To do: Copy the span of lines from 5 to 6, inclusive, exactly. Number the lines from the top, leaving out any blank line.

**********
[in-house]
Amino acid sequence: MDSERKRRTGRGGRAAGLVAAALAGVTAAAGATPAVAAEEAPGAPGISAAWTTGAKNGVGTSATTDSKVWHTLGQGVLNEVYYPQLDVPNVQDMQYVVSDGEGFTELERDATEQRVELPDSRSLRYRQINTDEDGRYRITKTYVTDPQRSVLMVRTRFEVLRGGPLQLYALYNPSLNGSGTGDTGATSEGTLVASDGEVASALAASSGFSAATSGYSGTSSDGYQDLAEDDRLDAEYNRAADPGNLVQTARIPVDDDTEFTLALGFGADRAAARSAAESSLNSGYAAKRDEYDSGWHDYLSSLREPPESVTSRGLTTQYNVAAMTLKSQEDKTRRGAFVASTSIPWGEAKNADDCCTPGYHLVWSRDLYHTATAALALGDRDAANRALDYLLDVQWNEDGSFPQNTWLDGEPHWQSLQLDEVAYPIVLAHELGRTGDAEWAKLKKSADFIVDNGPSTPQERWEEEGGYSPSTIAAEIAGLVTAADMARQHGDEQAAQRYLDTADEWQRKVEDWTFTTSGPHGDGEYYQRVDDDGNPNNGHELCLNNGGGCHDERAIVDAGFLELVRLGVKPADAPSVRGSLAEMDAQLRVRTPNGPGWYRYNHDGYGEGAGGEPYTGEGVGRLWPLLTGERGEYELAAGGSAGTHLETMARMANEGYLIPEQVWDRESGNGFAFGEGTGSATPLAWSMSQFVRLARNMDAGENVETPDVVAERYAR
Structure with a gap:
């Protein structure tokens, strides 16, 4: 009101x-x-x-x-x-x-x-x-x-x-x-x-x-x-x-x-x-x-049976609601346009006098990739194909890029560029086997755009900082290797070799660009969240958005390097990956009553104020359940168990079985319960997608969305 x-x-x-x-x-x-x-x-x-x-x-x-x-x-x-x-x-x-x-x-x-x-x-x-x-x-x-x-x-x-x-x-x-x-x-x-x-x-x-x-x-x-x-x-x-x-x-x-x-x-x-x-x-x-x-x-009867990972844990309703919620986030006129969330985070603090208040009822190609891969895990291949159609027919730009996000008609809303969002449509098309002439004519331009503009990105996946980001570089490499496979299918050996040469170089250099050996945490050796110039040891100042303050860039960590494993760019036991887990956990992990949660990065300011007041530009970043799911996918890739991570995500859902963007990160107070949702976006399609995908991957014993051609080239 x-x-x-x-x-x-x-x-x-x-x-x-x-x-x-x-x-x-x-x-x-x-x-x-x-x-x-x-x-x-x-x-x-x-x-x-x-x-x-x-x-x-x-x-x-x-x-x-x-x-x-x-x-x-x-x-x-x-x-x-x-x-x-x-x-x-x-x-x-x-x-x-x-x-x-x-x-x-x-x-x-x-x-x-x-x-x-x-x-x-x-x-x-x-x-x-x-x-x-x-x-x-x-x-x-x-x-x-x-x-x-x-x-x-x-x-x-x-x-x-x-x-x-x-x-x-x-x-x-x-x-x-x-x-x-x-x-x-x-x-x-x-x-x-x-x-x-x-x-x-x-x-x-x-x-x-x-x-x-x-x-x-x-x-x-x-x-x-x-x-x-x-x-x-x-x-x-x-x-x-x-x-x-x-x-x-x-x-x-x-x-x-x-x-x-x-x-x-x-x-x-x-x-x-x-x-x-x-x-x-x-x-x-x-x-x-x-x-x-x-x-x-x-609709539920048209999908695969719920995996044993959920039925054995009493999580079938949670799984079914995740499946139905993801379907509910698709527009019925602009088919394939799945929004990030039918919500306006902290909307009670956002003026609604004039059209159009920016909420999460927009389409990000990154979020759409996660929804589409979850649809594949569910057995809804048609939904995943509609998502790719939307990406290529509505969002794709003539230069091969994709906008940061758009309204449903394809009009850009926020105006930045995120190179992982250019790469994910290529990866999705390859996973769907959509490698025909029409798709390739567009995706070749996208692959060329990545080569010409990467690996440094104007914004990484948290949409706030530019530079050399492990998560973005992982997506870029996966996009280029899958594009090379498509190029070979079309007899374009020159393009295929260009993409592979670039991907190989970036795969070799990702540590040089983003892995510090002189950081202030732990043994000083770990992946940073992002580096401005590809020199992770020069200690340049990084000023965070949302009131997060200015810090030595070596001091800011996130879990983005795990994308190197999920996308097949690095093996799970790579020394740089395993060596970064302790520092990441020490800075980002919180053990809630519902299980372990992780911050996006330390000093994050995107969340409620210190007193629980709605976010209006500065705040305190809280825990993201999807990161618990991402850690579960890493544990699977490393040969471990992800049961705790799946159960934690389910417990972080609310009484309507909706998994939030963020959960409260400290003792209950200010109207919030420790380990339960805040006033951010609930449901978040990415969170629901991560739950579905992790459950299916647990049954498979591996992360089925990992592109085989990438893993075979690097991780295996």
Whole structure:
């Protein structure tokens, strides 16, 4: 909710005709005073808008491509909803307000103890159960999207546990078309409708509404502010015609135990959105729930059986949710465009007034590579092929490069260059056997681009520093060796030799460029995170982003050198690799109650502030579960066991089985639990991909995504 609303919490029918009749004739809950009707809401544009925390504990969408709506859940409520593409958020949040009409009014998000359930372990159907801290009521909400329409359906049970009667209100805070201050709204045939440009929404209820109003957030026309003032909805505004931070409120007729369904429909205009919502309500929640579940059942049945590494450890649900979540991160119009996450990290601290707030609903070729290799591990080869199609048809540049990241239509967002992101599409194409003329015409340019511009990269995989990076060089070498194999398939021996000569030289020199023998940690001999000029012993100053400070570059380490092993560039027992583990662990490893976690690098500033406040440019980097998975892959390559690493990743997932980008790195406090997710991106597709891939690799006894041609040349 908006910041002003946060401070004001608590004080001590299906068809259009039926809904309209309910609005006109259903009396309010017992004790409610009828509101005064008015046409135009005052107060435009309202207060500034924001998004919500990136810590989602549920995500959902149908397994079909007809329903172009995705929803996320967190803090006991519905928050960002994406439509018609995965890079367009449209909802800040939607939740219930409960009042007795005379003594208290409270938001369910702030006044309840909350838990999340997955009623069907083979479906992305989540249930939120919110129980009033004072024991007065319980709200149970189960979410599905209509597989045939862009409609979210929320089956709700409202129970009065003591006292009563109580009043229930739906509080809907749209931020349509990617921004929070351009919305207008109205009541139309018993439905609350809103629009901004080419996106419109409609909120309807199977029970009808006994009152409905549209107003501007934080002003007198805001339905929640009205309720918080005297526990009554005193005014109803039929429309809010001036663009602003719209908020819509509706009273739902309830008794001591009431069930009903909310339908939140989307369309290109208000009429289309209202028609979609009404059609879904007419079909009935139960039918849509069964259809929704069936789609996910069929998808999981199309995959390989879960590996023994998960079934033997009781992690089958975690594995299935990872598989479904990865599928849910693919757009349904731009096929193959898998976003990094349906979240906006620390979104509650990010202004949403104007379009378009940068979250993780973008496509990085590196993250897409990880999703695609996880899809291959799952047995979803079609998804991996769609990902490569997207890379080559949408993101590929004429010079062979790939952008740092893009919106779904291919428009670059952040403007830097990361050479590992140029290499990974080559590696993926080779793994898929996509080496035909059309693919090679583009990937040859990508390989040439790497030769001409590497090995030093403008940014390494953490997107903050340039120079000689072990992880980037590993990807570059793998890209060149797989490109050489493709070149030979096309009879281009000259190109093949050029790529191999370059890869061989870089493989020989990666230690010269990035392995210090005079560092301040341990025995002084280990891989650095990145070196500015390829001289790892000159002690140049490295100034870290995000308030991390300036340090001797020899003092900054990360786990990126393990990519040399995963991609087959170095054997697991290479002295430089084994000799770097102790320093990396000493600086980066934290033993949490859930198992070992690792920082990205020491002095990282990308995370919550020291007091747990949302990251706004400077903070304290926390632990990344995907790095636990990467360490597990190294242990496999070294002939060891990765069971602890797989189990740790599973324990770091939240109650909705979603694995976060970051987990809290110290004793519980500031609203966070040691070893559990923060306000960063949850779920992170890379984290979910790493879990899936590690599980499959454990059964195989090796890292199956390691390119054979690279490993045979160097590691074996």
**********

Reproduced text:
Whole structure:
């Protein structure tokens, strides 16, 4: 909710005709005073808008491509909803307000103890159960999207546990078309409708509404502010015609135990959105729930059986949710465009007034590579092929490069260059056997681009520093060796030799460029995170982003050198690799109650502030579960066991089985639990991909995504 609303919490029918009749004739809950009707809401544009925390504990969408709506859940409520593409958020949040009409009014998000359930372990159907801290009521909400329409359906049970009667209100805070201050709204045939440009929404209820109003957030026309003032909805505004931070409120007729369904429909205009919502309500929640579940059942049945590494450890649900979540991160119009996450990290601290707030609903070729290799591990080869199609048809540049990241239509967002992101599409194409003329015409340019511009990269995989990076060089070498194999398939021996000569030289020199023998940690001999000029012993100053400070570059380490092993560039027992583990662990490893976690690098500033406040440019980097998975892959390559690493990743997932980008790195406090997710991106597709891939690799006894041609040349 908006910041002003946060401070004001608590004080001590299906068809259009039926809904309209309910609005006109259903009396309010017992004790409610009828509101005064008015046409135009005052107060435009309202207060500034924001998004919500990136810590989602549920995500959902149908397994079909007809329903172009995705929803996320967190803090006991519905928050960002994406439509018609995965890079367009449209909802800040939607939740219930409960009042007795005379003594208290409270938001369910702030006044309840909350838990999340997955009623069907083979479906992305989540249930939120919110129980009033004072024991007065319980709200149970189960979410599905209509597989045939862009409609979210929320089956709700409202129970009065003591006292009563109580009043229930739906509080809907749209931020349509990617921004929070351009919305207008109205009541139309018993439905609350809103629009901004080419996106419109409609909120309807199977029970009808006994009152409905549209107003501007934080002003007198805001339905929640009205309720918080005297526990009554005193005014109803039929429309809010001036663009602003719209908020819509509706009273739902309830008794001591009431069930009903909310339908939140989307369309290109208000009429289309209202028609979609009404059609879904007419079909009935139960039918849509069964259809929704069936789609996910069929998808999981199309995959390989879960590996023994998960079934033997009781992690089958975690594995299935990872598989479904990865599928849910693919757009349904731009096929193959898998976003990094349906979240906006620390979104509650990010202004949403104007379009378009940068979250993780973008496509990085590196993250897409990880999703695609996880899809291959799952047995979803079609998804991996769609990902490569997207890379080559949408993101590929004429010079062979790939952008740092893009919106779904291919428009670059952040403007830097990361050479590992140029290499990974080559590696993926080779793994898929996509080496035909059309693919090679583009990937040859990508390989040439790497030769001409590497090995030093403008940014390494953490997107903050340039120079000689072990992880980037590993990807570059793998890209060149797989490109050489493709070149030979096309009879281009000259190109093949050029790529191999370059890869061989870089493989020989990666230690010269990035392995210090005079560092301040341990025995002084280990891989650095990145070196500015390829001289790892000159002690140049490295100034870290995000308030991390300036340090001797020899003092900054990360786990990126393990990519040399995963991609087959170095054997697991290479002295430089084994000799770097102790320093990396000493600086980066934290033993949490859930198992070992690792920082990205020491002095990282990308995370919550020291007091747990949302990251706004400077903070304290926390632990990344995907790095636990990467360490597990190294242990496999070294002939060891990765069971602890797989189990740790599973324990770091939240109650909705979603694995976060970051987990809290110290004793519980500031609203966070040691070893559990923060306000960063949850779920992170890379984290979910790493879990899936590690599980499959454990059964195989090796890292199956390691390119054979690279490993045979160097590691074996």